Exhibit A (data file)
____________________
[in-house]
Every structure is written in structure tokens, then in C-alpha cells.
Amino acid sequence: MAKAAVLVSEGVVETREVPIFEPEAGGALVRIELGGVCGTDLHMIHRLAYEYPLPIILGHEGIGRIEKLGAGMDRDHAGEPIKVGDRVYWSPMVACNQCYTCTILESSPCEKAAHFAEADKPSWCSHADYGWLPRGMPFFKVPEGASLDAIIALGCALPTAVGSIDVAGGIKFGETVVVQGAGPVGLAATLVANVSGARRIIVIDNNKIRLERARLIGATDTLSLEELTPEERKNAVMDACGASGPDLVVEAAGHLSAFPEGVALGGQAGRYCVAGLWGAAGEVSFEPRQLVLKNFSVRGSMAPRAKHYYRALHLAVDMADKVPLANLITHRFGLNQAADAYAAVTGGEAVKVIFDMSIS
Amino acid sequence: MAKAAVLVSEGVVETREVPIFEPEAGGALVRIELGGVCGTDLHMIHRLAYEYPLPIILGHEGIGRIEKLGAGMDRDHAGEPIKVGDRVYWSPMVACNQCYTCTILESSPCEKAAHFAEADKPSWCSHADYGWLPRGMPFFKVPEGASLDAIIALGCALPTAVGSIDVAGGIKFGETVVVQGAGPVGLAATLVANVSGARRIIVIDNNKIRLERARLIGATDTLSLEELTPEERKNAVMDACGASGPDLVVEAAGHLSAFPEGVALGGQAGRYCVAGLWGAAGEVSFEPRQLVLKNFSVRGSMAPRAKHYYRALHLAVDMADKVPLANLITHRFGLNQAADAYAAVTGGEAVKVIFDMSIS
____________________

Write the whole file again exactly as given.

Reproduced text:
[in-house]
Every structure is written in structure tokens, then in C-alpha cells.
Amino acid sequence: MAKAAVLVSEGVVETREVPIFEPEAGGALVRIELGGVCGTDLHMIHRLAYEYPLPIILGHEGIGRIEKLGAGMDRDHAGEPIKVGDRVYWSPMVACNQCYTCTILESSPCEKAAHFAEADKPSWCSHADYGWLPRGMPFFKVPEGASLDAIIALGCALPTAVGSIDVAGGIKFGETVVVQGAGPVGLAATLVANVSGARRIIVIDNNKIRLERARLIGATDTLSLEELTPEERKNAVMDACGASGPDLVVEAAGHLSAFPEGVALGGQAGRYCVAGLWGAAGEVSFEPRQLVLKNFSVRGSMAPRAKHYYRALHLAVDMADKVPLANLITHRFGLNQAADAYAAVTGGEAVKVIFDMSIS
Amino acid sequence: MAKAAVLVSEGVVETREVPIFEPEAGGALVRIELGGVCGTDLHMIHRLAYEYPLPIILGHEGIGRIEKLGAGMDRDHAGEPIKVGDRVYWSPMVACNQCYTCTILESSPCEKAAHFAEADKPSWCSHADYGWLPRGMPFFKVPEGASLDAIIALGCALPTAVGSIDVAGGIKFGETVVVQGAGPVGLAATLVANVSGARRIIVIDNNKIRLERARLIGATDTLSLEELTPEERKNAVMDACGASGPDLVVEAAGHLSAFPEGVALGGQAGRYCVAGLWGAAGEVSFEPRQLVLKNFSVRGSMAPRAKHYYRALHLAVDMADKVPLANLITHRFGLNQAADAYAAVTGGEAVKVIFDMSIS